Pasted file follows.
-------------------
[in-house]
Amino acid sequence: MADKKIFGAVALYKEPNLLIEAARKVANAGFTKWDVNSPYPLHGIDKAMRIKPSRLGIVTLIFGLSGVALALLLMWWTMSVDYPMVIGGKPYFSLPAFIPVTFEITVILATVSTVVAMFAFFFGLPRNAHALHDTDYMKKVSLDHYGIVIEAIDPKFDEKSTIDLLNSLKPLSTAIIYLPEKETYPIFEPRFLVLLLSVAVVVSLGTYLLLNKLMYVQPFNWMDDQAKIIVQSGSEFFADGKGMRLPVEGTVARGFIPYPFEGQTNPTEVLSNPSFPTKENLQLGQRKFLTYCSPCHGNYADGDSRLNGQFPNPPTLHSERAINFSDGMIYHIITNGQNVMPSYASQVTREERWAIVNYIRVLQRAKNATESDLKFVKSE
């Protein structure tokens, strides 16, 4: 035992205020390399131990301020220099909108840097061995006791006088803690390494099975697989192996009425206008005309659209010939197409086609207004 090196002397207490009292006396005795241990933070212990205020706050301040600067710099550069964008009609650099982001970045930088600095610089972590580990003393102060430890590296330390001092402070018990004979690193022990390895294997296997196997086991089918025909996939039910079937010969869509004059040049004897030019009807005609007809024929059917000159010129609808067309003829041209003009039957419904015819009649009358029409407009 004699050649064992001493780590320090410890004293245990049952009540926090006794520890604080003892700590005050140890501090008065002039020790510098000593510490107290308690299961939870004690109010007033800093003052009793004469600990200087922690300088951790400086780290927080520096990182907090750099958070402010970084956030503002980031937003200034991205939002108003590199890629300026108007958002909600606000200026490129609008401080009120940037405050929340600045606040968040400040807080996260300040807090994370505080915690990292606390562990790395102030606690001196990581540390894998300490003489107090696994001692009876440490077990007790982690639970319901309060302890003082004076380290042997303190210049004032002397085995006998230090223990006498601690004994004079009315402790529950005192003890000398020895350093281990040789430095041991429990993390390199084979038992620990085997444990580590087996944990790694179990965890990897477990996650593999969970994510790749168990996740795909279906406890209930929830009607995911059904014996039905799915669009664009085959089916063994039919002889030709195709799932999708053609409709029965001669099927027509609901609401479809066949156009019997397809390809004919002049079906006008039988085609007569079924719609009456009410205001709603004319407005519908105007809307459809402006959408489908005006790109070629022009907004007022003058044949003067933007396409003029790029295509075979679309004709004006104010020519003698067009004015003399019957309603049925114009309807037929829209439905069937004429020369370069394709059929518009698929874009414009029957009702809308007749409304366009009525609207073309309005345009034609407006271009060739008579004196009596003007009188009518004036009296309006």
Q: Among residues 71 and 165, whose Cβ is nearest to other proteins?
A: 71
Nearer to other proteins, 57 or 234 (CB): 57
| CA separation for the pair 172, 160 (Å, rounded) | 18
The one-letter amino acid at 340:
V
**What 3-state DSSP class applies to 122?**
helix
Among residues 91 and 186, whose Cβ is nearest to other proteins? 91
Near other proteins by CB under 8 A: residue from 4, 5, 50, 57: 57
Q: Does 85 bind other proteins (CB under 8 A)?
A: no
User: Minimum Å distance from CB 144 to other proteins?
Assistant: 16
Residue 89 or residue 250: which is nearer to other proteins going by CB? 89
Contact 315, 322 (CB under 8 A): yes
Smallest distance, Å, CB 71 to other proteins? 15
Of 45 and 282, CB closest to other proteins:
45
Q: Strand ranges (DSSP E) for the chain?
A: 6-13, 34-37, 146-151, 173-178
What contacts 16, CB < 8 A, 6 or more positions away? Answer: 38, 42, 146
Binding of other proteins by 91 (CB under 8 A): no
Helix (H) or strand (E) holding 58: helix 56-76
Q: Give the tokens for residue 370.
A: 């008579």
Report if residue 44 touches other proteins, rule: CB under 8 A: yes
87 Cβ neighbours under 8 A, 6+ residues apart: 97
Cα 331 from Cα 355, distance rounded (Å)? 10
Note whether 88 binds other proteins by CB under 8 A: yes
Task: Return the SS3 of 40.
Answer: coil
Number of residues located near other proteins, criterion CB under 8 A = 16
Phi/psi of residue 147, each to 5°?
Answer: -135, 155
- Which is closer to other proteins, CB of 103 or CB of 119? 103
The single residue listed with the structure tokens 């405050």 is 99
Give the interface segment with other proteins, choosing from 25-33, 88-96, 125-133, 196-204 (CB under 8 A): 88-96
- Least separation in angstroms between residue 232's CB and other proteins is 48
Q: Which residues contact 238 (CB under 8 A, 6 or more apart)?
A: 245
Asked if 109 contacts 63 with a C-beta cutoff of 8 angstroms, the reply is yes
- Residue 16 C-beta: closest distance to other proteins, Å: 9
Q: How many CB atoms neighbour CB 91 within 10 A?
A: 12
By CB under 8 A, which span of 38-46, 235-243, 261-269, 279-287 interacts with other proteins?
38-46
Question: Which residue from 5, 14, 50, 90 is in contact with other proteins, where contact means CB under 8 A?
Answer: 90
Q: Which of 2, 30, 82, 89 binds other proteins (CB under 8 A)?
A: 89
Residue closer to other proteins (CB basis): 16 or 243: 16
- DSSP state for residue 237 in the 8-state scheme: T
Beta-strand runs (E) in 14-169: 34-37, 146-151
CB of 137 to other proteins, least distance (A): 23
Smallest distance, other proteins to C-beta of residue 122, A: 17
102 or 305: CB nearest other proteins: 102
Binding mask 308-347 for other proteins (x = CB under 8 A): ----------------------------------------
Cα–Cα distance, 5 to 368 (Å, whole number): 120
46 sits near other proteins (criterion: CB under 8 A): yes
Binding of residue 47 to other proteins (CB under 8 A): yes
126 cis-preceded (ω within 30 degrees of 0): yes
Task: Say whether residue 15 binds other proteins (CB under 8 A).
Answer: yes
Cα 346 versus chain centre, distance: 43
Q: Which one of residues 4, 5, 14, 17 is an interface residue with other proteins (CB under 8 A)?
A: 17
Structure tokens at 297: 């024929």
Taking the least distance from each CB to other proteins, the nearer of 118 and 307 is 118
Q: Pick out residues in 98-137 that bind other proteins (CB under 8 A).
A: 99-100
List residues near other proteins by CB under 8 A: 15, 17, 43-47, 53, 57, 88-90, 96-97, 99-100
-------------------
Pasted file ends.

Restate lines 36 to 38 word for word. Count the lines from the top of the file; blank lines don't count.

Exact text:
Number of residues located near other proteins, criterion CB under 8 A = 16
Phi/psi of residue 147, each to 5°?
Answer: -135, 155